Friday, August 18, 2000

Democrats rely on black voters


2000 goal: More turnout

By Howard Wilkinson
The Cincinnati Enquirer

        LOS ANGELES — If this year's presidential election is like most in the last four decades, only one of every 10 African-Americans who go to the polls will vote for the Republican candidate.

        But, for this year's Democratic nominee, Al Gore, nine of 10 may not be enough.

        The key will be turnout.

        “Our challenge this year is in increasing the African-American vote,” said state Sen. C.J. Prentiss of Cleveland, one of the leaders of the Ohio Black Legislative Caucus. “If African-Americans are fired up and motivated and go out to vote in droves, we win.”

        Ms. Prentiss spoke Thursday to Ohio delegates. The theme was turning out black voters this fall.

        African-Americans have been the most loyal constituency group of the Democrat ic coalition that has come together to elect every Democratic president since Franklin Roosevelt.

        But turnout among African-American voters usually lags the nation as a whole, and a depressed turnout in the black community has doomed more than one Democratic candidate in local, state and national races.

        Two years ago, Democrat Lee Fisher lost the Ohio governor's race to Republican Bob Taft by 179,765 votes — or about 12 votes per precinct statewide.

        “If we had just had a higher turnout among African-American voters that year, Lee Fisher would be sitting in the governor's office right now,” Ms. Prentiss said.

        Rep. Jack Ford of Columbus, minority leader of the Ohio House, said the state Democratic leadership will not let that happen this year.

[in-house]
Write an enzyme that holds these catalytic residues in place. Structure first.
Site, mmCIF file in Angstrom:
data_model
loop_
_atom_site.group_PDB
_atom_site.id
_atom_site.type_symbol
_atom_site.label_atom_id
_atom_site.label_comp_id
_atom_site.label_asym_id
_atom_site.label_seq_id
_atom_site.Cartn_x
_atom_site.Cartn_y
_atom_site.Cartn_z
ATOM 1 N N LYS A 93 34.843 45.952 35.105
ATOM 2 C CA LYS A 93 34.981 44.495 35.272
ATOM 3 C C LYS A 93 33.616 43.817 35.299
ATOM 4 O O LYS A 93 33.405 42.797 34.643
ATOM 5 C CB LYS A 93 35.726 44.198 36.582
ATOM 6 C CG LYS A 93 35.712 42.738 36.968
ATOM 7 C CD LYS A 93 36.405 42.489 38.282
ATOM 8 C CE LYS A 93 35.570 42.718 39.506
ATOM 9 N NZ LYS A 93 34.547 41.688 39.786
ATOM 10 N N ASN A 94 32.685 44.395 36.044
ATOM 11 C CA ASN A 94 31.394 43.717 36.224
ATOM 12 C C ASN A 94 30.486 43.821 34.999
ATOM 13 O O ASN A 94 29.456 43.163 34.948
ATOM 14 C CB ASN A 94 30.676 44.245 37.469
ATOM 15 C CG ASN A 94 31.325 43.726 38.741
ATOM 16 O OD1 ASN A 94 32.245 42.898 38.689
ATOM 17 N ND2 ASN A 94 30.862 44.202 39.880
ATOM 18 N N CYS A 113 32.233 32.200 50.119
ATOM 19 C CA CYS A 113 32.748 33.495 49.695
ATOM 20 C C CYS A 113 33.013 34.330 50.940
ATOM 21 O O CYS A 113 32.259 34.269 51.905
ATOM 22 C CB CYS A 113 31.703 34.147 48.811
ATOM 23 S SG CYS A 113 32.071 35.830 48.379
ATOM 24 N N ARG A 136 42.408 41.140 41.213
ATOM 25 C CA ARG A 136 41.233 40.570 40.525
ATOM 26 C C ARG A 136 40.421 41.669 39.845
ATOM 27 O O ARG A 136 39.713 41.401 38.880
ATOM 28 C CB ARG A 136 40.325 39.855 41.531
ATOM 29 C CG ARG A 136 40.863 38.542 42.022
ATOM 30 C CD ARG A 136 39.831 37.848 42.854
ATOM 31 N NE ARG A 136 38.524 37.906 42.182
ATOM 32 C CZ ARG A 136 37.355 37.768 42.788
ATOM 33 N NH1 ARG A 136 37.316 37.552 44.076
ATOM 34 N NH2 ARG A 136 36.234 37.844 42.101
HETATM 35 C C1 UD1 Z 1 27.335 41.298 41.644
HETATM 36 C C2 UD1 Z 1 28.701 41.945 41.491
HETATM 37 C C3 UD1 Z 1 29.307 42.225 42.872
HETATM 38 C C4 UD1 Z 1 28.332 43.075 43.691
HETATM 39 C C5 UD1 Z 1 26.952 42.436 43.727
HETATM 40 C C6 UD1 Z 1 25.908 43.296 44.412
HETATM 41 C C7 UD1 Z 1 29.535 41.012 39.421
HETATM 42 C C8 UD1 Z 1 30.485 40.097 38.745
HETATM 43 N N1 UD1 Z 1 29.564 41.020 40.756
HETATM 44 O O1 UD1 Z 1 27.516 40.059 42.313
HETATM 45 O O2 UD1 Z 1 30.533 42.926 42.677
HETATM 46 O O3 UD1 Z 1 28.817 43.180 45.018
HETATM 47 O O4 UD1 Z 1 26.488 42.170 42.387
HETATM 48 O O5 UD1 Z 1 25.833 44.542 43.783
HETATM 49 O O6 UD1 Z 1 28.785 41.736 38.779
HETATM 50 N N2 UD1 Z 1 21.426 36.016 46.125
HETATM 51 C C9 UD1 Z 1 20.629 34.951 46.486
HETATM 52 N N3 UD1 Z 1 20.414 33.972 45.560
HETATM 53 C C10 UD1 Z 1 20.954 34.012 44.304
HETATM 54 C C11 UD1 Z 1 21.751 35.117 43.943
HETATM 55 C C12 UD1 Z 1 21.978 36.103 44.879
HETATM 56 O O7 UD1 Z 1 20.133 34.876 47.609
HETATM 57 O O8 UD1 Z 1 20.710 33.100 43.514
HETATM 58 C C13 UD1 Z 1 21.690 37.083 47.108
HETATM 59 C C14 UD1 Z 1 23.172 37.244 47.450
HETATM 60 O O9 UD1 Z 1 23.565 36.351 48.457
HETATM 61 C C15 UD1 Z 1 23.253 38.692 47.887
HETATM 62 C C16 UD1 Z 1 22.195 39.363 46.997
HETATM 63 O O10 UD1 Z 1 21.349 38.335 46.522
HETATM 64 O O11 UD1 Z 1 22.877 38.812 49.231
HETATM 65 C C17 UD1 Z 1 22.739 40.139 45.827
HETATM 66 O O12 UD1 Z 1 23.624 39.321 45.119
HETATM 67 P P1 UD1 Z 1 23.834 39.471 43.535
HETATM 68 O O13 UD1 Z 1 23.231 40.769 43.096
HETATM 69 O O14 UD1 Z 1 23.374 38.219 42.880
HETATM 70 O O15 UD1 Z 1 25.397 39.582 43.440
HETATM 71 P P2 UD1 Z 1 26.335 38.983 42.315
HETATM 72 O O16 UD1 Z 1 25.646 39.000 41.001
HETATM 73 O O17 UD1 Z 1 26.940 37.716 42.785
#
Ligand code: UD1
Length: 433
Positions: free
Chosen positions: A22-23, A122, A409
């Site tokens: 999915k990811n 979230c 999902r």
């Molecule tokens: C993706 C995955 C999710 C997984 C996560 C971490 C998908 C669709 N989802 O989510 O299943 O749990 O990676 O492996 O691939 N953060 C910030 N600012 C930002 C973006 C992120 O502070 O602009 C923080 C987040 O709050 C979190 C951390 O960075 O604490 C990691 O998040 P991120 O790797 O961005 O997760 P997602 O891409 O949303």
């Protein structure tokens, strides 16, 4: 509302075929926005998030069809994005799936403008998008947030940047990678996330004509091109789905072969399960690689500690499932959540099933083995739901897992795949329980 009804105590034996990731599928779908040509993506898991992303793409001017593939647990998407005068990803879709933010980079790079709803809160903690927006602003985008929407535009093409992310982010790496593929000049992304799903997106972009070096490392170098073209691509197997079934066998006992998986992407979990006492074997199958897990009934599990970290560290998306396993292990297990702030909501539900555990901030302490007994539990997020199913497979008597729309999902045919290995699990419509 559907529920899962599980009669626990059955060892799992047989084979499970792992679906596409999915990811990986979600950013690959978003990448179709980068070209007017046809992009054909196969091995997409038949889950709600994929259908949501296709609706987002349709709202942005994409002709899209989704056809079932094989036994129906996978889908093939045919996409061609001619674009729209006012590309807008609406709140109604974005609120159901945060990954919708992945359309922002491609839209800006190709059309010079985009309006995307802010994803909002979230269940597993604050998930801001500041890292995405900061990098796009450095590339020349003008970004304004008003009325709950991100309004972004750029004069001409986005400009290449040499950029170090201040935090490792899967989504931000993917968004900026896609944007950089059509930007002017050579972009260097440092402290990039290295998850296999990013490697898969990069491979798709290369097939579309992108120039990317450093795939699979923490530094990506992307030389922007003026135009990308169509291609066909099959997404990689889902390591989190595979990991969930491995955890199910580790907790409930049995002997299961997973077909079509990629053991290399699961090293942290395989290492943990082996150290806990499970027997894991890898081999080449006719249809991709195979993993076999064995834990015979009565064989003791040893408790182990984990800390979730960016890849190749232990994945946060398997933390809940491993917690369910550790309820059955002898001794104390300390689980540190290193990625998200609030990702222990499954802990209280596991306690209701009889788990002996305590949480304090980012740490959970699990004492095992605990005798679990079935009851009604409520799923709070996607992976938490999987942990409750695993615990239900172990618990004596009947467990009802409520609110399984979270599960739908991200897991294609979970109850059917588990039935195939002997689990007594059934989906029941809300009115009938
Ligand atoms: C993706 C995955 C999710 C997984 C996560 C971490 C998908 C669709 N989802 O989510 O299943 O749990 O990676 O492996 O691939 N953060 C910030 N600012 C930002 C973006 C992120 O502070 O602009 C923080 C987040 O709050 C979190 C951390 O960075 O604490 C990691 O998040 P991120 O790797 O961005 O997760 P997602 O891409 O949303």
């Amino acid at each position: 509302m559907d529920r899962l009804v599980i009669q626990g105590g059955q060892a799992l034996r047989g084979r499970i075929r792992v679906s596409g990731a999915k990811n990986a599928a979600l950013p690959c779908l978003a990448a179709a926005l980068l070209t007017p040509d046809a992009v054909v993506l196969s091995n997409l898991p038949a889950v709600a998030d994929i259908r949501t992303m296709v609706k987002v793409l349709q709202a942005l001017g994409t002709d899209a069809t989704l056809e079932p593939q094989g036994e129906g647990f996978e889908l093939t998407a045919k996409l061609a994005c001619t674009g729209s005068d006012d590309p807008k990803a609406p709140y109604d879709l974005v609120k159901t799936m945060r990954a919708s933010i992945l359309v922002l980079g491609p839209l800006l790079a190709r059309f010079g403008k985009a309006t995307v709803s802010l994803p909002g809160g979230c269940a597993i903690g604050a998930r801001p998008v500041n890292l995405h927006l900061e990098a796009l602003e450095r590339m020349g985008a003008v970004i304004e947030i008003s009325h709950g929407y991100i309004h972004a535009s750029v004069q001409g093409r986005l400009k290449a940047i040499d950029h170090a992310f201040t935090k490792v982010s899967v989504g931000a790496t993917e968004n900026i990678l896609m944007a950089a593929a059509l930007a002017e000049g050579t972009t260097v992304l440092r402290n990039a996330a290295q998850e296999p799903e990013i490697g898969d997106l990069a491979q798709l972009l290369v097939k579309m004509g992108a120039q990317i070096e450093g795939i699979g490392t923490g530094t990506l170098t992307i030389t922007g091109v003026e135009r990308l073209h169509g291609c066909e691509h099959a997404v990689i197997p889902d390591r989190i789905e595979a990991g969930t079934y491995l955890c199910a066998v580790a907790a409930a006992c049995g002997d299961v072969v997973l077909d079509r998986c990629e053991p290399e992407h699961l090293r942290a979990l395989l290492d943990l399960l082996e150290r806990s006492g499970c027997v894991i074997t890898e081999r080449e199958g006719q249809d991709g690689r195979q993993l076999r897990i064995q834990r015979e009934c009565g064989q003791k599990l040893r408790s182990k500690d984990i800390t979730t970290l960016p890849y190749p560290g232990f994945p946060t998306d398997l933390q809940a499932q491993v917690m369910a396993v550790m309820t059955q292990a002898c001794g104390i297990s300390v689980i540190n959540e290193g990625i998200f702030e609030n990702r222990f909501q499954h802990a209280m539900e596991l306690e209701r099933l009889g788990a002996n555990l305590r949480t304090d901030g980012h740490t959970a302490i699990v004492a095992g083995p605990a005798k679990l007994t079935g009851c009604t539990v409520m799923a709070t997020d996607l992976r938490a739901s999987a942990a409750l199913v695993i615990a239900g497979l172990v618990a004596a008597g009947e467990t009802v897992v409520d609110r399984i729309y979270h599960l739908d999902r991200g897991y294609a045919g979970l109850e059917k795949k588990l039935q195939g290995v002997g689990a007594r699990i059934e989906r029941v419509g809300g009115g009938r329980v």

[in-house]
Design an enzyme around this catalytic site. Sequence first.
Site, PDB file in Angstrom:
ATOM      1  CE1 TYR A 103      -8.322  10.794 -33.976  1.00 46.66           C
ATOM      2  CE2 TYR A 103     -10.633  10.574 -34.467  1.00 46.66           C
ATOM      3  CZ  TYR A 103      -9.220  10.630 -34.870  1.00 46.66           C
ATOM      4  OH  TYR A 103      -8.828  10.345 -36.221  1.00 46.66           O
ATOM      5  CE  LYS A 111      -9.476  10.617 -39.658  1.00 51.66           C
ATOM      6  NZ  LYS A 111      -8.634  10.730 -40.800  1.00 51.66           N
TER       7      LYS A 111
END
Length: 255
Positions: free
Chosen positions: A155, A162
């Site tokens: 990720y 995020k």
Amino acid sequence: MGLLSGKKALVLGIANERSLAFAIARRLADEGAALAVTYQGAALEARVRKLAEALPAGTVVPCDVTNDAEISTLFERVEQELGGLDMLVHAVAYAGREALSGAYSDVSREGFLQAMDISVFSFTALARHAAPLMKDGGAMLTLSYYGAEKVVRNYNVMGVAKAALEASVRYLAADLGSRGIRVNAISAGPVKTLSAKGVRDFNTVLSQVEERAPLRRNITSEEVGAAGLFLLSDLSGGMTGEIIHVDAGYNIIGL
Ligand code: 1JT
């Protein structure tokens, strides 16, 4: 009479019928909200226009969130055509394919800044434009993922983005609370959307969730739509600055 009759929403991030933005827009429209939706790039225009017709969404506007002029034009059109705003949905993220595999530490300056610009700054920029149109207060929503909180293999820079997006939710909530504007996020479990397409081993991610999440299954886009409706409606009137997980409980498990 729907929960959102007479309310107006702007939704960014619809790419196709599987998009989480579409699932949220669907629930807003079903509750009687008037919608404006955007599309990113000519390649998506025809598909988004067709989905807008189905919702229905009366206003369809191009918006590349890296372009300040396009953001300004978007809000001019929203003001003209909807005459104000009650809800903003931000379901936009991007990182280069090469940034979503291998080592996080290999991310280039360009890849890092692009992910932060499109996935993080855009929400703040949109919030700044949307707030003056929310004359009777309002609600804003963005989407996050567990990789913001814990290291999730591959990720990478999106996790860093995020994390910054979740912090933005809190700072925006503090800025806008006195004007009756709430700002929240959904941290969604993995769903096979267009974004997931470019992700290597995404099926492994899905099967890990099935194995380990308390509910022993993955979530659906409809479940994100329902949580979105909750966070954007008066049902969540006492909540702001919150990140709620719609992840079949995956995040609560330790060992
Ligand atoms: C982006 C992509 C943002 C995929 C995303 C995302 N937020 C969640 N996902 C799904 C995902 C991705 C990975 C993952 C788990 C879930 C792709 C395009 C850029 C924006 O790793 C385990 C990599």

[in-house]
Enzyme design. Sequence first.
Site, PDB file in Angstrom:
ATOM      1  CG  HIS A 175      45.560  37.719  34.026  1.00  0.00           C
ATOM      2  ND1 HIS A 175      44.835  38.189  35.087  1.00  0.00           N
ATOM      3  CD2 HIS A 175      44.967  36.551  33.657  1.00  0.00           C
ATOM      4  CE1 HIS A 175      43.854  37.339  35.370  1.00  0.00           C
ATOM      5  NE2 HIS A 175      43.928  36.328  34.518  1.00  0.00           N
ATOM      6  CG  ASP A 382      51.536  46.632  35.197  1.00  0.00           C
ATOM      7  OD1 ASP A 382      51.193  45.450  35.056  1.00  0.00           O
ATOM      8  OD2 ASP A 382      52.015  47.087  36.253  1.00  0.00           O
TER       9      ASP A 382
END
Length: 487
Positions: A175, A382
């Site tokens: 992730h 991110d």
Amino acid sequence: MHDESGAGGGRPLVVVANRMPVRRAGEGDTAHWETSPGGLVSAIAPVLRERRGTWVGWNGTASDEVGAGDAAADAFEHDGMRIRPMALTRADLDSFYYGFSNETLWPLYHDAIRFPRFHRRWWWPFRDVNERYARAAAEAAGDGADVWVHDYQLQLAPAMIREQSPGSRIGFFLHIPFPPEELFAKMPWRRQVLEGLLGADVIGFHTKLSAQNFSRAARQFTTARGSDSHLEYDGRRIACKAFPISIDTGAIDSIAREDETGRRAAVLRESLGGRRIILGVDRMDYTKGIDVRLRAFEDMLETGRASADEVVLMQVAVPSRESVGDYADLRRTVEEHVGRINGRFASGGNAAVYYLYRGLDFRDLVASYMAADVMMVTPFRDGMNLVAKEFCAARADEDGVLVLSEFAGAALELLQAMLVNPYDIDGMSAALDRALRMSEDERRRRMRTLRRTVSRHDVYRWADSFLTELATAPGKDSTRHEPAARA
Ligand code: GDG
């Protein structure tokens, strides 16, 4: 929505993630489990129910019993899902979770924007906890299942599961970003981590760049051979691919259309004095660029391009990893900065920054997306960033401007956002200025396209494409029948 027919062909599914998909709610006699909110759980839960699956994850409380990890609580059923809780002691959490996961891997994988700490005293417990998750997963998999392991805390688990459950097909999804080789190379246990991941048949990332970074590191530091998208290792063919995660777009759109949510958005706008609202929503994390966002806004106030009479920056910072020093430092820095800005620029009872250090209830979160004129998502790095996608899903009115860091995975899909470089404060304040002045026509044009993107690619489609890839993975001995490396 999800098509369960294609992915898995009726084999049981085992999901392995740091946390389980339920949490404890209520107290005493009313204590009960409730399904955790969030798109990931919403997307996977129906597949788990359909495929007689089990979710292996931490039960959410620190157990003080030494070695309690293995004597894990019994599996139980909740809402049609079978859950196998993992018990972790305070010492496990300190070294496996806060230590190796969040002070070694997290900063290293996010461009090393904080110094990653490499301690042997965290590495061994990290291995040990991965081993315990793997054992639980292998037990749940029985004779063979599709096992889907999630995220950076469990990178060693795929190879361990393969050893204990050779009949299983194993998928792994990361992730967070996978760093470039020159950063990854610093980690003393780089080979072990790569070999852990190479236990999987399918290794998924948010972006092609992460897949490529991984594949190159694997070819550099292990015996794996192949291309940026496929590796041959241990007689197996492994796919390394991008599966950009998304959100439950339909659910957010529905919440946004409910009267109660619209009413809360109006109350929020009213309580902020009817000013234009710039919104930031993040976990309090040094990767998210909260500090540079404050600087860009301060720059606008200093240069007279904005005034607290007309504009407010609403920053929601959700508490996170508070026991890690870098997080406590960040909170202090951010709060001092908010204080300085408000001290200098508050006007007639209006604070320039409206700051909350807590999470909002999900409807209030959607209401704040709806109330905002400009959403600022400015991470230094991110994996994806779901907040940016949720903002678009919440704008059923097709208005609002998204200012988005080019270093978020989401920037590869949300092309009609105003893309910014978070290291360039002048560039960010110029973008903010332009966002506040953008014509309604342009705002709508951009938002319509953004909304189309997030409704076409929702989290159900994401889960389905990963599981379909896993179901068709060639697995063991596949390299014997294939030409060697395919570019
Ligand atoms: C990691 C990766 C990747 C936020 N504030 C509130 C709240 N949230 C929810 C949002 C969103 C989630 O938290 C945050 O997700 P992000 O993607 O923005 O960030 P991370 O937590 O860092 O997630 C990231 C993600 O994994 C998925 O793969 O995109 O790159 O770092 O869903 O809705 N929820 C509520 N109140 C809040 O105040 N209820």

“We will not have our candidates lose by 150 votes or some ridiculous amount because we did not do the work of getting people out,' Mr. Ford said.

        The Ohio Democratic Party plans a major get-out-the-vote effort this fall, not only for the Gore campaign but for Ohio Supreme Court candidates Alice Robie Resnick and Tim Black.

        The Ohio Republican Party will also be targeting blacks and other minority voters. The party's “Campaign America” minority outreach will soon set up an inner-city office In Columbus.

        Cincinnati City Councilwoman Alicia Reece, an Ohio Democratic delegate, is co-chairman of a nonpartisan voter registration program in Cincinnati this year that targets white and black voters.

        But getting African-Americans — particularly young African-Americans — registered to vote is not enough, Ms. Reece said.

        “You have to follow up with them,” Ms. Reece said. “You have to ... make sure people understand why it is important they vote, not just register to vote.”

       



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